A Daughter's Perspective of Her Father's Funeral
We all have preconceived ideas of what a funeral should look like. If you know me or have read any part of this blog you know our family has experienced an awful lot of grief. Just the word grief is hard to say without swallowing hard. Everyone handles it so differently and even then, we have expectations for how everyone else should behave. Usually, some parts of our expectations hold true while others don't. In my own experience I have found that I have reacted in different ways to different circumstances where death and grief are concerned. The murder of a brother and the illness and subsequent death of my son, mother, and father have all been processed emotionally and internally in different ways. There are no wrong ways to grieve. Having said all that, I thought I would share my own thoughts from my Dad's funeral almost a year ago. In my previous post, it was noted in his obituary that he died on February 12th, but his funeral was on March 5th. There is a rather complicated and sad story as to why the long interval between the two dates that I won't go into here. It was very trying on both my brother and I. I am sharing the thoughts I wrote down to record as family history, but perhaps, there may be some comfort for anyone else who is walking this difficult path.
My impressions of that day were varied. I felt calm and peace. I knew in my heart God was in control and all would be well even if things didn’t flow the way I had envisioned and that was actually how it happened. Details pale when you think of the enormity of the loss of a loved one.
The weather was a factor and if it had been warmer and windless I suspect we would have lingered longer, but even in that, there was something positive. The wind was literally howling so all the many flags the Patriot Guard stood by and displayed flew straight out and glowed with color. In the pavilion, it seemed as though we all huddled closer as a family and I enjoyed hugs from family that I haven’t received in years.I have always imagined Dad’s funeral as military and I am happy we honored Dad in this way.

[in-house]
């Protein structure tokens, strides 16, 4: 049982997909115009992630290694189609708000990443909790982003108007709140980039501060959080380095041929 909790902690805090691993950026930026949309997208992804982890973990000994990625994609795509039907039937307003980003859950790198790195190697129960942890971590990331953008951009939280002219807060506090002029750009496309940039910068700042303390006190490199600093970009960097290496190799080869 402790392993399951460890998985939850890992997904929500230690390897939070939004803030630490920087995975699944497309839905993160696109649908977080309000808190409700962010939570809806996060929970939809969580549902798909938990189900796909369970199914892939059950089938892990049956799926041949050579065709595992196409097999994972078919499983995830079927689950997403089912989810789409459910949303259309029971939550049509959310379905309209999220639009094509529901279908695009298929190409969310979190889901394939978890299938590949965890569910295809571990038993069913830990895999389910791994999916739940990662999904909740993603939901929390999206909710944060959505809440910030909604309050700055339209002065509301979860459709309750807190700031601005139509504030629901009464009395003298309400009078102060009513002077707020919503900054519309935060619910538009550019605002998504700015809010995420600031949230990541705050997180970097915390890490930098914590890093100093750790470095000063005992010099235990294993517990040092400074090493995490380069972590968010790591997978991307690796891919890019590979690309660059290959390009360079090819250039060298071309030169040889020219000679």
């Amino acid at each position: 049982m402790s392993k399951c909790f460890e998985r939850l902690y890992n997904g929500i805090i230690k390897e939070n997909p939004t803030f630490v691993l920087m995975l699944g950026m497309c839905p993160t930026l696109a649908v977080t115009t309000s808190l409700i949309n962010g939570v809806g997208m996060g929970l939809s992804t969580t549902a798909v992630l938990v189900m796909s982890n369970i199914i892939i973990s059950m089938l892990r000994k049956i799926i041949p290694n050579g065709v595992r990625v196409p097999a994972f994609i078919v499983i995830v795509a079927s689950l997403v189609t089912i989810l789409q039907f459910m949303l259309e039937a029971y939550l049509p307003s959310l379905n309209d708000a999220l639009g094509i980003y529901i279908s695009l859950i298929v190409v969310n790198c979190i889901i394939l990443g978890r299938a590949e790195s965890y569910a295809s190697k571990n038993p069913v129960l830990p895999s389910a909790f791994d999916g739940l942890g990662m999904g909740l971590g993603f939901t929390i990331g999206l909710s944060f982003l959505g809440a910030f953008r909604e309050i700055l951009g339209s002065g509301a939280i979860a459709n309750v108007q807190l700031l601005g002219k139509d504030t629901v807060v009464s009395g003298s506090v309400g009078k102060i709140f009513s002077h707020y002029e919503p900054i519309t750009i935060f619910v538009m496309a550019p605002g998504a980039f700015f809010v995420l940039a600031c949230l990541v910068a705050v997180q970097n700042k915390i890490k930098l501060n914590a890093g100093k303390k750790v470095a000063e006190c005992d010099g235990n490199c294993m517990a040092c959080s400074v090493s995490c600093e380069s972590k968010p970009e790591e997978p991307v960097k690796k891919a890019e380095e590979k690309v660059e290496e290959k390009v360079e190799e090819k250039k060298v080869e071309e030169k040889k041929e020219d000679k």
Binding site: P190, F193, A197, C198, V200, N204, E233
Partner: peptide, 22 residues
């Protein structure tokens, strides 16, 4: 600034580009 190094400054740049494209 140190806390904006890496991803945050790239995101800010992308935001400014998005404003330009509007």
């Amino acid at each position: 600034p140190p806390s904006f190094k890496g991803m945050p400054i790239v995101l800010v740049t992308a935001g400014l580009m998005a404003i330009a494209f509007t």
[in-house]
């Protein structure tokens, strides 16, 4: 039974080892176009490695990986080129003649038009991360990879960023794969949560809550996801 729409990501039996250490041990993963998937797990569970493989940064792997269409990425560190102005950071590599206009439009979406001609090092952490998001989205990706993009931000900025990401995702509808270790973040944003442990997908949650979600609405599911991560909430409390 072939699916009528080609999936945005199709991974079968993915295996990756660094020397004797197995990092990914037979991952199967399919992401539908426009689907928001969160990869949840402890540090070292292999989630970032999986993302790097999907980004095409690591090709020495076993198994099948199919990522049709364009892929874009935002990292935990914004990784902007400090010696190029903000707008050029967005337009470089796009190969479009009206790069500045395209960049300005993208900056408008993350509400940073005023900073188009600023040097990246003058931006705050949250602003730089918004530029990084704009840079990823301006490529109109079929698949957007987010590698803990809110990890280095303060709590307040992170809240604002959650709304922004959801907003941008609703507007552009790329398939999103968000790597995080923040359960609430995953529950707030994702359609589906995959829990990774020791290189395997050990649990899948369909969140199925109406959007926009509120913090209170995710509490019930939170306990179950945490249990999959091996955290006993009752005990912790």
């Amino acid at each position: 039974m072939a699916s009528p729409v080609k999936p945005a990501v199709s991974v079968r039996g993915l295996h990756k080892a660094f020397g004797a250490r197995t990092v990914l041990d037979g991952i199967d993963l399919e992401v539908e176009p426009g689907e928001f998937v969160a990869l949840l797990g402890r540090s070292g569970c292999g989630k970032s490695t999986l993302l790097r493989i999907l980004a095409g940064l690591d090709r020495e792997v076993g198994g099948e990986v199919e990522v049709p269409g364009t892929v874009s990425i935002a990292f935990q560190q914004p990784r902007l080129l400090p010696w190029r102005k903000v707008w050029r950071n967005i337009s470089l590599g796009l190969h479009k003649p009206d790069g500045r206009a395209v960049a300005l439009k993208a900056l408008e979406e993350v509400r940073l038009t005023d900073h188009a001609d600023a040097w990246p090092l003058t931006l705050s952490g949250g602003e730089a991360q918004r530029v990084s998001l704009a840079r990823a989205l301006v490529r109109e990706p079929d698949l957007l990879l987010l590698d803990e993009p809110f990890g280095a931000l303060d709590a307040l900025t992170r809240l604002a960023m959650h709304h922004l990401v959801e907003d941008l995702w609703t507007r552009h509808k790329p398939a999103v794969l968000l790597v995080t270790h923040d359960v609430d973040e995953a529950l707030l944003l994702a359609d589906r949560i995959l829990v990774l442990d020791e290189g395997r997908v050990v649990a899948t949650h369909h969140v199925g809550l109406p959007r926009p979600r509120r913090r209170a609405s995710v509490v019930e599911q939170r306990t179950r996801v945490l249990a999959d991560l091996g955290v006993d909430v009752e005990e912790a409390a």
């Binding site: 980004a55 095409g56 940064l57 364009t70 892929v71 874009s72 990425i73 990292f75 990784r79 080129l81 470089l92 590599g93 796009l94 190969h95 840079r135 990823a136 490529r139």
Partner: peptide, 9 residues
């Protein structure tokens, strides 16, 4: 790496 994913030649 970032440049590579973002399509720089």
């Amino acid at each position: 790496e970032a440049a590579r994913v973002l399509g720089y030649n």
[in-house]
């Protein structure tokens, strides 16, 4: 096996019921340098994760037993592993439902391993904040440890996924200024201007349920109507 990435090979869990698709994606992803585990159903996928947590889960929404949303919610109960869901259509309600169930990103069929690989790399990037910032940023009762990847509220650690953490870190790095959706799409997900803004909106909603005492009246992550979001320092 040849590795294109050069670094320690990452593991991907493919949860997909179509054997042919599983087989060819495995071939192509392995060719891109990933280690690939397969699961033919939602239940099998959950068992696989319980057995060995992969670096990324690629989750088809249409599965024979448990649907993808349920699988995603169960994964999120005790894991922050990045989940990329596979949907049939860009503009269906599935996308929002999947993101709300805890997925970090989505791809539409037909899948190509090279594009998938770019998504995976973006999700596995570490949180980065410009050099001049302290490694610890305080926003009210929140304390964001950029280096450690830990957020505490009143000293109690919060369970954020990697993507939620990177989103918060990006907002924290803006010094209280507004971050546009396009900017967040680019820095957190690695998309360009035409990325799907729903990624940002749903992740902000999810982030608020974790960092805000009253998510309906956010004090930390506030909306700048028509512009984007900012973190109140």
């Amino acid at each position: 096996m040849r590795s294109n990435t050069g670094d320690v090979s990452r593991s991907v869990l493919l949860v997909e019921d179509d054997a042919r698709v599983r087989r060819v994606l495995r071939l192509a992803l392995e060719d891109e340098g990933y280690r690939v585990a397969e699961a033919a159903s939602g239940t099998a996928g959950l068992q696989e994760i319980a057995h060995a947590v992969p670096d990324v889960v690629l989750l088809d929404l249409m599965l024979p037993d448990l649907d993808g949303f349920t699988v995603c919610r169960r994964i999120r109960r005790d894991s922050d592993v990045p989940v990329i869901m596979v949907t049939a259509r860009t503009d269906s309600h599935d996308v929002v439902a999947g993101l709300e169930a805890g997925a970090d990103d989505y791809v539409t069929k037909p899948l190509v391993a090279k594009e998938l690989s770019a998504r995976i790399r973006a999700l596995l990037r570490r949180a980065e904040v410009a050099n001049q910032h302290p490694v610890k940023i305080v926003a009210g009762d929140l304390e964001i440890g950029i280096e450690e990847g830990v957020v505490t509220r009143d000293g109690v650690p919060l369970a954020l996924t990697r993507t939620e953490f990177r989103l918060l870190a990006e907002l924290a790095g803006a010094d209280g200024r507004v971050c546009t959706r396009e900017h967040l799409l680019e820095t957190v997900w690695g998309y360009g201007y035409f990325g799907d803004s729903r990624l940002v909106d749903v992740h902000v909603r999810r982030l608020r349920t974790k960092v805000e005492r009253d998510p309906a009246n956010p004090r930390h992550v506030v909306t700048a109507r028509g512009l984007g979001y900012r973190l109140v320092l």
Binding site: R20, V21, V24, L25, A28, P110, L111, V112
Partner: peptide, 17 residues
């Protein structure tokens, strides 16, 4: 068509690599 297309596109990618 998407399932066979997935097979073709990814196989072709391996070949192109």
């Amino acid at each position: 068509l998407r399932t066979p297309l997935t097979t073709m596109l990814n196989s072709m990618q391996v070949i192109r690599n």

The Airmen in the Honor Guard were so young. I noticed one of them had his uniform pants badly hemmed and too short and I had to laugh thinking what Dad would have said to that young man. Their hands shook from the cold as they folded the flag in front of us and I felt compassion and gratitude. I wasn’t sure if they would fire rounds, but they did fire three rounds. I am never prepared when I hear taps no matter how many times I hear it played. It was perfectly played and beautiful. The musician in my daughter came out as she pronounced the pitch perfect. The fact that the wind was blowing and we were in the countryside made the song even more haunting and it gripped my heart. It was the only time I thought I would lose it, but my daughter and cousin wrapped their arms around me and their love and warmth held me together. I have seen the presentation of the flag to grieving families on television and wondered how that must feel. It was such an honor to have the flag laid gently into my arms and to hear the words quietly spoken, “On behalf of the President of the United States and a grateful nation….” What surprised me were the three shell casings that were presented too. Each represents something and I can only remember two; honor and service. Maybe you know what the third one is… I have tucked the shells into the flag and have lovingly placed in a case that sits proudly atop the armoire in my living room where I see it daily.
Cousins were there and ranged in age from 35 (my daughter) to 90 (Bill/Ben, still not sure). Good neighbors of Mom and Dad’s were there too. I was so glad to see them and felt as though I knew them well from all of Mom’s stories about their lives through the years. I learned that Mr. Garza started going with Daddy every time he went to the cemetery after his fall when he was hurt so badly at the cemetery. This was one of my biggest concerns for Dad and I never knew Mr. Garza was there. It meant so much to know and to be able to thank them both for their care and concern for Daddy.
I spent some time visiting with a few of the Patriot Guard and was very impressed with their military service history and dedication for doing what is right for all military. They “stand tall” next to their flags and do not move unless something is needed. Right after the flag presentation their leader approached me with a plaque and a sympathy card signed by all that were present. A few of us spent some time at the graveside after the service.
I had gone out the day before and tried to neaten up the graves. I also placed a solar powered lantern next to Mom and Dad’s headstone and a smaller version next to Kyle’s. At one point, when I was going to Tyler on the weekends, I took a solar powered lantern to Dad and we placed it in his backyard. He was so fascinated with the glow in the evenings. He would call me to tell me it was shining and he thanked me every time for giving it to him.
We promised Dad we would bury him next to the love of his life and we succeeded.